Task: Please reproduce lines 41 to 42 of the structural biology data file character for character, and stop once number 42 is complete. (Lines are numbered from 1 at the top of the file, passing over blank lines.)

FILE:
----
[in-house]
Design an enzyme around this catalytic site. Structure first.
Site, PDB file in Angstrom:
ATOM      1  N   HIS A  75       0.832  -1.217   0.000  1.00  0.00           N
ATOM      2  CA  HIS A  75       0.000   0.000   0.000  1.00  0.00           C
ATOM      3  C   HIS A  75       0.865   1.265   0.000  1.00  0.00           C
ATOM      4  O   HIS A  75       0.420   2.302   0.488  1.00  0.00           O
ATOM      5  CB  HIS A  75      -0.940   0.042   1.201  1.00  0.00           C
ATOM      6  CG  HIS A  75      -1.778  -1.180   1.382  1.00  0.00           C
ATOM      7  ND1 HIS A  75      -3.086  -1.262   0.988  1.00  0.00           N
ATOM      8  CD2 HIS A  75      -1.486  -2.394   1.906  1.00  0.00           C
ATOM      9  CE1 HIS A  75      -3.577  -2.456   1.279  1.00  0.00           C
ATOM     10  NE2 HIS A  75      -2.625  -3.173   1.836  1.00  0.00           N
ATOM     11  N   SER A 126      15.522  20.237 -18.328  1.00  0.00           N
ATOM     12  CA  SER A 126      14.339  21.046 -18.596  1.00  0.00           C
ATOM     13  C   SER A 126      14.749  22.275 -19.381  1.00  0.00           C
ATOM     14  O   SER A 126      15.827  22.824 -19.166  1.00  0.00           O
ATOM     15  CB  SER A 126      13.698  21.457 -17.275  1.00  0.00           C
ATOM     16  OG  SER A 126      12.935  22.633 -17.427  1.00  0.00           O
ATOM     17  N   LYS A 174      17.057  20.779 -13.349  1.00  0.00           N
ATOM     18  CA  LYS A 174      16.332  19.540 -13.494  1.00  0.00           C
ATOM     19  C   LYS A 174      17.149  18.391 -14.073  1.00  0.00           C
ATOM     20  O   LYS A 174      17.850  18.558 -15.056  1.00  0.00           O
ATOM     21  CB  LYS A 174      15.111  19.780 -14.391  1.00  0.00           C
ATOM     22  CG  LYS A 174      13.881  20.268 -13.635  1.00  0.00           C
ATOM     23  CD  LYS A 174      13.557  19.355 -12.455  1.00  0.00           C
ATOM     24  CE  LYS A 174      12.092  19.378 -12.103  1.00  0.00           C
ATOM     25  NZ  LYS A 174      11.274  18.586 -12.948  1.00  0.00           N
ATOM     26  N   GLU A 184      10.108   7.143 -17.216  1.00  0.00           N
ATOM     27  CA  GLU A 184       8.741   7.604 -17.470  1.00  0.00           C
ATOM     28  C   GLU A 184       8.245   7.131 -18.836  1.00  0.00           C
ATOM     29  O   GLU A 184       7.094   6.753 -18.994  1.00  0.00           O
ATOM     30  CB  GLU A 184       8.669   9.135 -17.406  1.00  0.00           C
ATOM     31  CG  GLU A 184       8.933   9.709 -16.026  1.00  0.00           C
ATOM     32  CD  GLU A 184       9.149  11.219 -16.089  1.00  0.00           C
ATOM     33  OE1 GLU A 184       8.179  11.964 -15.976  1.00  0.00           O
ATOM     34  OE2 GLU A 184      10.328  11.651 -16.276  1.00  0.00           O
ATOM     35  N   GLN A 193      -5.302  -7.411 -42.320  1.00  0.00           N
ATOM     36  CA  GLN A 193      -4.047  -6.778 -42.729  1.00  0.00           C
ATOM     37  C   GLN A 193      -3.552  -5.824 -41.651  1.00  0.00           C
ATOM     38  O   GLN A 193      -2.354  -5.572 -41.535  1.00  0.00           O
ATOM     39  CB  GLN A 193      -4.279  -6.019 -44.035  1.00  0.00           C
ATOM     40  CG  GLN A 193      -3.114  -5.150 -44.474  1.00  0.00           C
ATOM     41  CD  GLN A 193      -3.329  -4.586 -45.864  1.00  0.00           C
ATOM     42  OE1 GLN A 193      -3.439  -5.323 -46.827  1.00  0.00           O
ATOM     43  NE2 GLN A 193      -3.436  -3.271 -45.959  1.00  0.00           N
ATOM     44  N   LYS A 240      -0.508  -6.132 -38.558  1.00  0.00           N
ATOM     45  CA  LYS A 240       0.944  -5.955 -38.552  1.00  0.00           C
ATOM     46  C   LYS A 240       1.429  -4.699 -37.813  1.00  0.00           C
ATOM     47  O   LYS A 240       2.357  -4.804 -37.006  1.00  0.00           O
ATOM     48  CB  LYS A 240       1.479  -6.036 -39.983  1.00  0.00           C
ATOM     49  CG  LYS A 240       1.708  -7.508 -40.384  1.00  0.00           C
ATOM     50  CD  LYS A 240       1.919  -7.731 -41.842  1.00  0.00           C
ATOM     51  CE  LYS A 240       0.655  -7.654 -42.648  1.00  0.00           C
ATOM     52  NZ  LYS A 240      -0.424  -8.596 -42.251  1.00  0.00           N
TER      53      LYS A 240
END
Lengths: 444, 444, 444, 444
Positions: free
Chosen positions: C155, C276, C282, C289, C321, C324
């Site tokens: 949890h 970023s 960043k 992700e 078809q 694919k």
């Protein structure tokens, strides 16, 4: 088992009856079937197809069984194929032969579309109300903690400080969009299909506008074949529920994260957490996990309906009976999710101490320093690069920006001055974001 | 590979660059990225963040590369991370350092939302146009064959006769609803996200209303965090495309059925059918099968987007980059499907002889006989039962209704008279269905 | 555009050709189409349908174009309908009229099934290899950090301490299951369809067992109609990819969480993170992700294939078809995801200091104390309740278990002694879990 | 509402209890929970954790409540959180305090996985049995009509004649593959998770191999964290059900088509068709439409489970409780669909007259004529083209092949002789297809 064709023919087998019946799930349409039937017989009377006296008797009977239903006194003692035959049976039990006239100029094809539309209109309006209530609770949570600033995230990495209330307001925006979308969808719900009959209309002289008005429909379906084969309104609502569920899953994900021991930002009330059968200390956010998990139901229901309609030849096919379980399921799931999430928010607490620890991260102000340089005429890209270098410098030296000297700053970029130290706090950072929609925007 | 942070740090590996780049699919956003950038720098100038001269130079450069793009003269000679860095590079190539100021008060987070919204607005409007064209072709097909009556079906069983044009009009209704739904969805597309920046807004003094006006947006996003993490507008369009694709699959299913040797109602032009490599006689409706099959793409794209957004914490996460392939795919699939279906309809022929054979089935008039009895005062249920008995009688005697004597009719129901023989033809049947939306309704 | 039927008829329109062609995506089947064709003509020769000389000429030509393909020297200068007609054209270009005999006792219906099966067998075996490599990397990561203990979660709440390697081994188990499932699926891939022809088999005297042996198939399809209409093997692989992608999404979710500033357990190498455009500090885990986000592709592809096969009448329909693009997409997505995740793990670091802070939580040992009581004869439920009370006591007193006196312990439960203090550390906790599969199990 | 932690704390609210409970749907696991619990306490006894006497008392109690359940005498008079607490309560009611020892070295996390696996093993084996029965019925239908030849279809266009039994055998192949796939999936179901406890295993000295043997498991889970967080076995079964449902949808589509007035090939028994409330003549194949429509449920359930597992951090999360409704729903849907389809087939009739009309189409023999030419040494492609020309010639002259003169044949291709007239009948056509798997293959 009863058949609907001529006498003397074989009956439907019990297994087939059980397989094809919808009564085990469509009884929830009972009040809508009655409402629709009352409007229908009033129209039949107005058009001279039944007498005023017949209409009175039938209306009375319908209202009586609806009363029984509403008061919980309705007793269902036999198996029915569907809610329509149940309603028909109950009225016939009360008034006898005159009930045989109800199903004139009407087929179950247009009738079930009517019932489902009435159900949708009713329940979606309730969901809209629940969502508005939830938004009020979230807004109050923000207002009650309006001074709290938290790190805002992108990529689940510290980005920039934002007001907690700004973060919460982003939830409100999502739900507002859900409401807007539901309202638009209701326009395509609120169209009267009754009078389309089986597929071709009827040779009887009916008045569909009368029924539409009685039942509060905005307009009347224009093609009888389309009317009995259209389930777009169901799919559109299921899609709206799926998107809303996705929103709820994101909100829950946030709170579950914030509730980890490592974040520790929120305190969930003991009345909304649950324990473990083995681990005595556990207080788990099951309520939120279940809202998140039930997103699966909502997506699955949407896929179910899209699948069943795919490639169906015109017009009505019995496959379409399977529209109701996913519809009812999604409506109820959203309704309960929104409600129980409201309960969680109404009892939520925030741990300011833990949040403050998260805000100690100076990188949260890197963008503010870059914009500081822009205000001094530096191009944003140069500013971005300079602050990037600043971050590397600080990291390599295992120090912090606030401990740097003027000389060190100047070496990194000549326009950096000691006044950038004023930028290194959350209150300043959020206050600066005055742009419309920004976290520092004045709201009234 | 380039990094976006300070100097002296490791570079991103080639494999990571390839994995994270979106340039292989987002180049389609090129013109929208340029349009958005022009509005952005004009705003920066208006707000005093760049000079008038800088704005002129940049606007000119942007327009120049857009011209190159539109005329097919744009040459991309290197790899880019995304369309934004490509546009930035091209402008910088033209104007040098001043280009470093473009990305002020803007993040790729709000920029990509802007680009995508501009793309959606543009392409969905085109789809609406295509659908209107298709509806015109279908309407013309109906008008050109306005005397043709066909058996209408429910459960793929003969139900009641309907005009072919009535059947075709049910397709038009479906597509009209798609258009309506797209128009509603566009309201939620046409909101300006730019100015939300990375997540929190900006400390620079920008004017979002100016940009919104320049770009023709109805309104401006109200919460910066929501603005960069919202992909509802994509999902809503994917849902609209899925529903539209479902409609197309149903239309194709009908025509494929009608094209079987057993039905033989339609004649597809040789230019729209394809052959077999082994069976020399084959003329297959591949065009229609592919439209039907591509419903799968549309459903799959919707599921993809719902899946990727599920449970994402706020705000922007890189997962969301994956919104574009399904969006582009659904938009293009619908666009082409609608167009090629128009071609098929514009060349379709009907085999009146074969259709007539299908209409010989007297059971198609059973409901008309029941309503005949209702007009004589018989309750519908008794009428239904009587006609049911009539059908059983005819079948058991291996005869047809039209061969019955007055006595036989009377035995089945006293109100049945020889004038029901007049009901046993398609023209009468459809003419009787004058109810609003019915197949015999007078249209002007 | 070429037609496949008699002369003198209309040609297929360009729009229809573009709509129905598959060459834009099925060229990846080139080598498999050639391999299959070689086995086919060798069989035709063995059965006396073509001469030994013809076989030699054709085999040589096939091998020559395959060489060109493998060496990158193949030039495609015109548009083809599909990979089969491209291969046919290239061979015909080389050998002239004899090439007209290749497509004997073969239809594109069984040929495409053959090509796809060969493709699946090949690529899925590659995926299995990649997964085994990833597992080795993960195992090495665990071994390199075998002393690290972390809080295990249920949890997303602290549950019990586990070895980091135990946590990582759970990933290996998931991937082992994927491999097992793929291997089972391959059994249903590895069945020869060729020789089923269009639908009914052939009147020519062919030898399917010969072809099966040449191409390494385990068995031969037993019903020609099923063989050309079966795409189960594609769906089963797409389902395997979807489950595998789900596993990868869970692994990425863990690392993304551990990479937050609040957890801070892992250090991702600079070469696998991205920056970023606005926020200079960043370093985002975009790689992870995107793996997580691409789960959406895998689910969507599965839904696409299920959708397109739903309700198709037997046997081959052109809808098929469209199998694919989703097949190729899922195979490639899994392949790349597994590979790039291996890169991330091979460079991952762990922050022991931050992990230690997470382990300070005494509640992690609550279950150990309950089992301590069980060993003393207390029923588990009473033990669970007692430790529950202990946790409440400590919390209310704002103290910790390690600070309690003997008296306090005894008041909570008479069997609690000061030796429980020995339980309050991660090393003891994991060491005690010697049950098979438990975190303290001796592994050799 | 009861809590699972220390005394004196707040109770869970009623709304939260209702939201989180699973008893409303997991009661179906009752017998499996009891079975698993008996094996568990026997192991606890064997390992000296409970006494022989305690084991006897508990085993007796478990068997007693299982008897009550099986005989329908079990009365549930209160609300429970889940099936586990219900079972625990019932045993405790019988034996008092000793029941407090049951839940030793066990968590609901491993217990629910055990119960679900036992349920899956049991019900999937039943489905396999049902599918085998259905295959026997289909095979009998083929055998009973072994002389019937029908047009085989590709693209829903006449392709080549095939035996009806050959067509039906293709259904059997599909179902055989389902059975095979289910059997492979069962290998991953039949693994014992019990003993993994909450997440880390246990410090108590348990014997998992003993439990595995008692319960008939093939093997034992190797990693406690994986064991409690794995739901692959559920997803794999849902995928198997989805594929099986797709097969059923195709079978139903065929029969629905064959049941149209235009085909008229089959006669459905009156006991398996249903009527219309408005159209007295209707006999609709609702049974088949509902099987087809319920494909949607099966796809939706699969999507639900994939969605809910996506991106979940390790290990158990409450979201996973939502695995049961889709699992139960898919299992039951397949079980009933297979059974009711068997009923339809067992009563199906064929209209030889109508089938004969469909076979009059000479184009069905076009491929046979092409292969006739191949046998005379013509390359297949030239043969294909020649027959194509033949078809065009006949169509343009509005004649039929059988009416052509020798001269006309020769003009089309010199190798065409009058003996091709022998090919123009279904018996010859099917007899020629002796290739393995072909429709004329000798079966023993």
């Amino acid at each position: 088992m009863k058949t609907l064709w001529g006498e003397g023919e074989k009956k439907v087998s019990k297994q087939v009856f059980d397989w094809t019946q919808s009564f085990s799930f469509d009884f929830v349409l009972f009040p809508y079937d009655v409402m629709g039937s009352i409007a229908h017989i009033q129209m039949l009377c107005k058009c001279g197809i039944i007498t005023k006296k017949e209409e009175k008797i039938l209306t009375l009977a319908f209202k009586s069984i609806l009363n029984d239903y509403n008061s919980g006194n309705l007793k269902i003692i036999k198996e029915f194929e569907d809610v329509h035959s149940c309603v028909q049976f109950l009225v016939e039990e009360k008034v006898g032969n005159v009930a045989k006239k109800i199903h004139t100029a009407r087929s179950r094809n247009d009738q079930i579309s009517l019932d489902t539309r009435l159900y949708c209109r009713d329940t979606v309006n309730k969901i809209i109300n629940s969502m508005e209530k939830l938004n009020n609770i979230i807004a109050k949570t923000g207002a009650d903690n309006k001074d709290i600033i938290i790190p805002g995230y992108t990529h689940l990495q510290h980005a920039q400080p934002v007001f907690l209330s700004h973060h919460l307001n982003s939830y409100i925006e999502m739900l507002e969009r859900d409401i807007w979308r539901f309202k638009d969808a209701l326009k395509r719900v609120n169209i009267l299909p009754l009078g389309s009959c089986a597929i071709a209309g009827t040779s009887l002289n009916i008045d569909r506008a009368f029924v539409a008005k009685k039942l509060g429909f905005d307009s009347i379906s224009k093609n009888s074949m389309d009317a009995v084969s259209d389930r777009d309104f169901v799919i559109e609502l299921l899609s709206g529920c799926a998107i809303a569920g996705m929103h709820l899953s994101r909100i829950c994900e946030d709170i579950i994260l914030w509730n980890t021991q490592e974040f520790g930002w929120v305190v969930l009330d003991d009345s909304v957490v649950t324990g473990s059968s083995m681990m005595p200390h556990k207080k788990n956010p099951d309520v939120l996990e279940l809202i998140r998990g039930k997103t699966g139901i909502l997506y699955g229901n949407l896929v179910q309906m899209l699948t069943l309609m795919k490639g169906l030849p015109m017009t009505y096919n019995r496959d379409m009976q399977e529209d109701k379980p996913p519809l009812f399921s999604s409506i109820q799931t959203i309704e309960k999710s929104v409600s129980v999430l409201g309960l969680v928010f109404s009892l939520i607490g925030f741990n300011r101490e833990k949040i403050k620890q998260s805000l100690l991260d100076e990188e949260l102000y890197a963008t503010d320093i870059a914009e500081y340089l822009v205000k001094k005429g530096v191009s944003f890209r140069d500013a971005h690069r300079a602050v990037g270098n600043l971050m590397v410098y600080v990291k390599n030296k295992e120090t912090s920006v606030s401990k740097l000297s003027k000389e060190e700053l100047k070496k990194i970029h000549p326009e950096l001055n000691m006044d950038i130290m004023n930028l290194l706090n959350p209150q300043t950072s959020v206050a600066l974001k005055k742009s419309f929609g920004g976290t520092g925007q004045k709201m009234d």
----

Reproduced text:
ATOM     38  O   GLN A 193      -2.354  -5.572 -41.535  1.00  0.00           O
ATOM     39  CB  GLN A 193      -4.279  -6.019 -44.035  1.00  0.00           C